How Nasal Polyps Are Diagnosed

Table of Contents
View All
Table of Contents

Noncancerous growths inside the nasal cavity and/or sinuses, called nasal polyps, often don't have symptoms—and when they do, the symptoms are very similar to those associated with colds, allergies, and sinus infections.

While it's not possible to self-diagnose nasal polyps, healthcare providers are able to perform a few different tests to help determine if a person has nasal polyps.

Woman suffers sinus pain while working on desktop computer

Grace Cary / Getty Images

What Are Nasal Polyps?

Nasal polyps are soft, swollen, abnormal, sac-like growths that line the inside of a person's nose or sinuses. They are often teardrop-shaped, and grow together in groups on both sides of a person's nasal cavity.

One-Sided Nasal Polyps

One-sided nasal polyps typically trigger further investigation, as they may be malignant nasal or sinus tumors.

Though nasal polyps themselves are not a form of cancer, it is possible for other growths to form in the nasal cavity that are cancerous—though they are not considered polyps.

Frequently, nasal polyps grow where the sinuses open into the nasal cavity and can vary in size. While small polyps may not cause any problems—and may not be noticeable—larger polyps can block your sinuses or nasal airway, making it difficult to breathe.

In general, nasal polyps are quite common, and anyone can develop them, though they tend to most frequently appear when a person is in their 30s and 40s.

Symptoms of Nasal Polyps

In some cases, people with nasal polyps don't experience any symptoms at all. For others, they may simply feel as though they have a normal (but never-ending) head cold or sinus infection. The symptoms of nasal polyps can include a combination of the following:

  • Runny nose
  • Stuffed up nose
  • Sneezing
  • Feeling like your nose is blocked
  • Loss of smell
  • Loss of taste
  • Headache and pain if you also have a sinus infection
  • Snoring
  • Itching around the eyes
  • Facial pain
  • Pain in the upper teeth
  • Postnasal drip
  • Cough

Common Causes of Nasal Polyps

Because the exact causes of nasal polyps are not yet known, it can be helpful to look at other conditions and symptoms that people with the growths tend to have. For instance, if a person has an underlying inflammation of tissue, they may be more likely to develop nasal polyps.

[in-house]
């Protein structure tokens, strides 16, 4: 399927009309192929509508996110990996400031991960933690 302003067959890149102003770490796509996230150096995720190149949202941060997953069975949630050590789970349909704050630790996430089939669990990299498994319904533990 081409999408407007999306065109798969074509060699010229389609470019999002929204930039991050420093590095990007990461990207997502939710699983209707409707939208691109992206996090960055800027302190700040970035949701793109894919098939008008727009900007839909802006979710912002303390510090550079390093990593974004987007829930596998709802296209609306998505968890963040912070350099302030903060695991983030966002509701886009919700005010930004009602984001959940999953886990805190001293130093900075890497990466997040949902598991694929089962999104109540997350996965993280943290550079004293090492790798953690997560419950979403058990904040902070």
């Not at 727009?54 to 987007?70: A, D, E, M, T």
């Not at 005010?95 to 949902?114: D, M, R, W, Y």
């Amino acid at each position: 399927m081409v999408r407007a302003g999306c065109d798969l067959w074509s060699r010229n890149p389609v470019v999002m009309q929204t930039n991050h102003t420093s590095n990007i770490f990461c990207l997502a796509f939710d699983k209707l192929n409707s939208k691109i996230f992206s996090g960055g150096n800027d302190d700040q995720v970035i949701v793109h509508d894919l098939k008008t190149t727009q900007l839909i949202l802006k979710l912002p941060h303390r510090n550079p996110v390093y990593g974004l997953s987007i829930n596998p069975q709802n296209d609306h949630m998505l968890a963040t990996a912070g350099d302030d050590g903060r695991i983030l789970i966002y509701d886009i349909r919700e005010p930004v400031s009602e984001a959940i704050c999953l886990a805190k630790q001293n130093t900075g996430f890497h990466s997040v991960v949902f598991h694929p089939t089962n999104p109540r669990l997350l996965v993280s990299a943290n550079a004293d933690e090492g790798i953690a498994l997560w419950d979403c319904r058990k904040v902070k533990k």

Frequently, the inflammation of the nose and sinus cavities are a result of chronic rhinosinusitis—which is a very common medical condition affecting approximately 12% of adults worldwide. And approximately 20% of people with chronic rhinosinusitis have nasal polyps.

Similarly, people who have the following conditions may also develop nasal polyps:

Physical Examination

There is no way to do a self-check for nasal polyps at home. Instead, if you are having difficulty breathing through your nose, experiencing a prolonged cold or sinus infection, or have lost your sense of taste or smell, it's a good idea to see your healthcare provider. The first thing a practitioner will do is look inside your nose, using one of the following instruments:

  • Otoscope (which is also used to examine the inside of ears)
  • Nasal speculum
  • Posterior rhinoscopy mirror

Self Diagnosis

There is no way to self diagnosis nasal polyps at home. You need to see a healthcare provider.

Nasal Endoscopy

If further investigation is needed, the healthcare provider may order a nasal endoscopy—typically performed by an ear, nose, and throat doctor (otolaryngologist) in their office—to get a full look at the polyps and help determine how best to treat them.

An endoscope is a thin, flexible tube with a tiny camera and a light that, in this case, is inserted into the nose. The healthcare provider then guides the tube through a person's nasal and sinus passages, allowing them to see images of the area that can only be seen through the endoscope.


In order to diagnose nasal polyps that are deeper in the sinus cavities or aren't clearly seen during the nasal endoscopy, your healthcare provider may order some type of imaging test to help get a clearer picture of the problem. These procedures may include:

  • CT scan: X-rays pass through the nose and create images that are analyzed by a computer
  • MRI: Uses a magnetic field to make an image of structures inside your body, like the nasal cavities and sinuses

A Word From Verywell

A nasal endoscopy may be uncomfortable, but it will help your healthcare provider determine if you have nasal polyps, and if so, how best to treat them. For example, they may come across polyps that are quite large and, once removed, should result in your ability to breathe better.

5 Sources
Verywell Health uses only high-quality sources, including peer-reviewed studies, to support the facts within our articles. Read our editorial process to learn more about how we fact-check and keep our content accurate, reliable, and trustworthy.
  1. American Academy of Allergy, Asthma & Immunology. Nasal polyps.

  2. MedlinePlus. Nasal polyps.

  3. Chainansamit S, Chit-Uea-Ophat C, Reechaipichitkul W, Piromchai P. The diagnostic value of traditional nasal examination tools in an endoscopic era. Ear Nose Throat J. Published online September 23, 2019. doi:10.1177/0145561319875711

  4. Johns Hopkins Medicine. Nasal endoscopy.

  5. Cedars-Sinai. Nasal polyps.

By Elizabeth Yuko, PhD
Elizabeth Yuko, PhD, is a bioethicist and journalist, as well as an adjunct professor of ethics at Dublin City University. She has written for publications including The New York Times, The Washington Post, The Atlantic, Rolling Stone, and more.